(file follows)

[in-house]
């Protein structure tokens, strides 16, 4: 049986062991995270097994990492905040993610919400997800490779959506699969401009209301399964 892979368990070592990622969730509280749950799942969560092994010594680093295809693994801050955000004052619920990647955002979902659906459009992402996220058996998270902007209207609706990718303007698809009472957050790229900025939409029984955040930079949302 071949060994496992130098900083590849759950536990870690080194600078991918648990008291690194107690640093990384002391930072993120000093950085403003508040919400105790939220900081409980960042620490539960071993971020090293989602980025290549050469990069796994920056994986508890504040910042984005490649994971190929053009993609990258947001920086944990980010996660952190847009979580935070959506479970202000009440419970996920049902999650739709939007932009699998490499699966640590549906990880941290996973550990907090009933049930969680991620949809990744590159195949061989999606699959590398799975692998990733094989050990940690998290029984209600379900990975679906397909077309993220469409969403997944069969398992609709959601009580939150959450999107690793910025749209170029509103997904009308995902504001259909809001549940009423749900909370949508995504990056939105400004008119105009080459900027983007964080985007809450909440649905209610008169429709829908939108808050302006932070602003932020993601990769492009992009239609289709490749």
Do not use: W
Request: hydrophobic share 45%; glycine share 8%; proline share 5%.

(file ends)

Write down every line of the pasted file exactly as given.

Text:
[in-house]
């Protein structure tokens, strides 16, 4: 049986062991995270097994990492905040993610919400997800490779959506699969401009209301399964 892979368990070592990622969730509280749950799942969560092994010594680093295809693994801050955000004052619920990647955002979902659906459009992402996220058996998270902007209207609706990718303007698809009472957050790229900025939409029984955040930079949302 071949060994496992130098900083590849759950536990870690080194600078991918648990008291690194107690640093990384002391930072993120000093950085403003508040919400105790939220900081409980960042620490539960071993971020090293989602980025290549050469990069796994920056994986508890504040910042984005490649994971190929053009993609990258947001920086944990980010996660952190847009979580935070959506479970202000009440419970996920049902999650739709939007932009699998490499699966640590549906990880941290996973550990907090009933049930969680991620949809990744590159195949061989999606699959590398799975692998990733094989050990940690998290029984209600379900990975679906397909077309993220469409969403997944069969398992609709959601009580939150959450999107690793910025749209170029509103997904009308995902504001259909809001549940009423749900909370949508995504990056939105400004008119105009080459900027983007964080985007809450909440649905209610008169429709829908939108808050302006932070602003932020993601990769492009992009239609289709490749």
Do not use: W
Request: hydrophobic share 45%; glycine share 8%; proline share 5%.